The Matt Signal Beyond – Episode 31: Armory

Plot summary: After getting laid off, a desperate weapons designer uses his military past to keep his family in finery by any means necessary.

After completing the original run of Batman The Animated Series, Matt Waters looks to the future each Saturday and Sunday with recaps of every episode of Batman Beyond, building an overall ranking along the way. Plus best performances, the ever-popular Villain Watch and more!

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Episode Title: ‘Armory’

Original Air Date: March 11th, 2000

Directed: Kyung-Won Lim (2)

Written: John P. McCann (2)

The Tate wedding was a key moment of the episode ‘Spellbound’.

Another Bruce-less episode. Three of them have occurred very close together, which is weird, as I would assume they were all produced long before dialogue was recorded, so it’s not like temporary unavailability for Kevin Conroy would force them to change any plans.

The music from Jared’s party is re-used in Return of the Joker.


Terry and his friends gather for Jared Tate’s extravagant birthday party, bankrolled by his rich stepfather, Jim… who is made redundant shortly afterwards thanks to Paxton Powers’ streamlining.

Jim is furious, but remains optimistic his skills designing weapons will let him land on his feet. Unfortunately, nobody is hiring, but one of his shadier contacts does offer to pay good money for a prototype weapon owned by Wayne-Powers.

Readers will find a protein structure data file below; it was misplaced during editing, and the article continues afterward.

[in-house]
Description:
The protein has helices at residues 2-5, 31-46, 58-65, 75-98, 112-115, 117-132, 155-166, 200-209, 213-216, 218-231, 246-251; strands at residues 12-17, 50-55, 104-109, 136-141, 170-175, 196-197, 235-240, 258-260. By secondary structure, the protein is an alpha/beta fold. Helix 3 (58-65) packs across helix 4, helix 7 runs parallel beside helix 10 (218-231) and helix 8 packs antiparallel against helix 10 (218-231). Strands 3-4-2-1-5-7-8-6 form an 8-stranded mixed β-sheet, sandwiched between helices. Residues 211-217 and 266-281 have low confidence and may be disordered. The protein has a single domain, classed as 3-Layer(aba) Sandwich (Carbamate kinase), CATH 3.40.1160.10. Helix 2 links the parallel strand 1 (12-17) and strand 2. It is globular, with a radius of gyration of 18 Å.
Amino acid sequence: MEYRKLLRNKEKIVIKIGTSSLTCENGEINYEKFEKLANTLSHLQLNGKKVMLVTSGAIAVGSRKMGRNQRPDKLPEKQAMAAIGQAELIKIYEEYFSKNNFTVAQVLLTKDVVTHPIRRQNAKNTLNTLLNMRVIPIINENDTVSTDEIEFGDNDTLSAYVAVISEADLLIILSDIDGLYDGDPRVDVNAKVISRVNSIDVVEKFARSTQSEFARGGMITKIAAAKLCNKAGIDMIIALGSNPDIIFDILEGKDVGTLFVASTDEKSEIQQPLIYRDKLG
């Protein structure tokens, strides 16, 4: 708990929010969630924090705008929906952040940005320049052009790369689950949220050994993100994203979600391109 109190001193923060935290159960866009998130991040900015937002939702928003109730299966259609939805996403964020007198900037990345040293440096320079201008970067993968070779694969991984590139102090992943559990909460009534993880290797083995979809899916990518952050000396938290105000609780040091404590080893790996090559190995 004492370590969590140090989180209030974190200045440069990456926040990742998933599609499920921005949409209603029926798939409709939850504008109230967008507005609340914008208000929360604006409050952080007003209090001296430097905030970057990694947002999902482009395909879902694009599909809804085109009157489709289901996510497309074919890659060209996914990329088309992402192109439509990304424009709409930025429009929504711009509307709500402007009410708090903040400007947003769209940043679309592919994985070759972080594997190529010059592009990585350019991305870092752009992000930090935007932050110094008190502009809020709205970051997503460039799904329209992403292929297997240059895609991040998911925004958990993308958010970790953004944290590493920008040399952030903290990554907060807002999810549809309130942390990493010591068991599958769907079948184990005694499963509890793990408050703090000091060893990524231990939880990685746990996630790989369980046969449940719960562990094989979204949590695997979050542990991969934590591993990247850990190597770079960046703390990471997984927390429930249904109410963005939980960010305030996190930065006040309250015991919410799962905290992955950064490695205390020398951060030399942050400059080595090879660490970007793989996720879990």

Luckily for Jim, he background in Special Forces lets him easily break in and steal the design specs, fully armed and masked up, of course. The GCPD give chase, but he deploys some of his advanced weapons to give them the slip.

Batman joins the fray and does manage to disable Jim’s armoured truck, but when they battle on foot, Jim deploys a high-powered taser, flashbang grenade and adhesive gun and escapes.

Nicknamed ‘The Human Armory’ (and later just Armory) by the media, Jim isn’t too thrilled by what he’s doing, lashing out at his family.

Jared in turn begins acting moody around Terry, who immediately pieces together what’s really going on, and follows Jim to the robbery of some of the components needed for the weapon.

Armory dispatches the police and overwhelms Batman with similar ease to the last time, upping the ante on his arsenal. He starts a fire that Terry narrowly saves the wounded policemen from.

Jared snoops around his stepfather’s secret workshop just as he brings the buyer to inspect his prototype, so Jared hides… but is quickly discovered.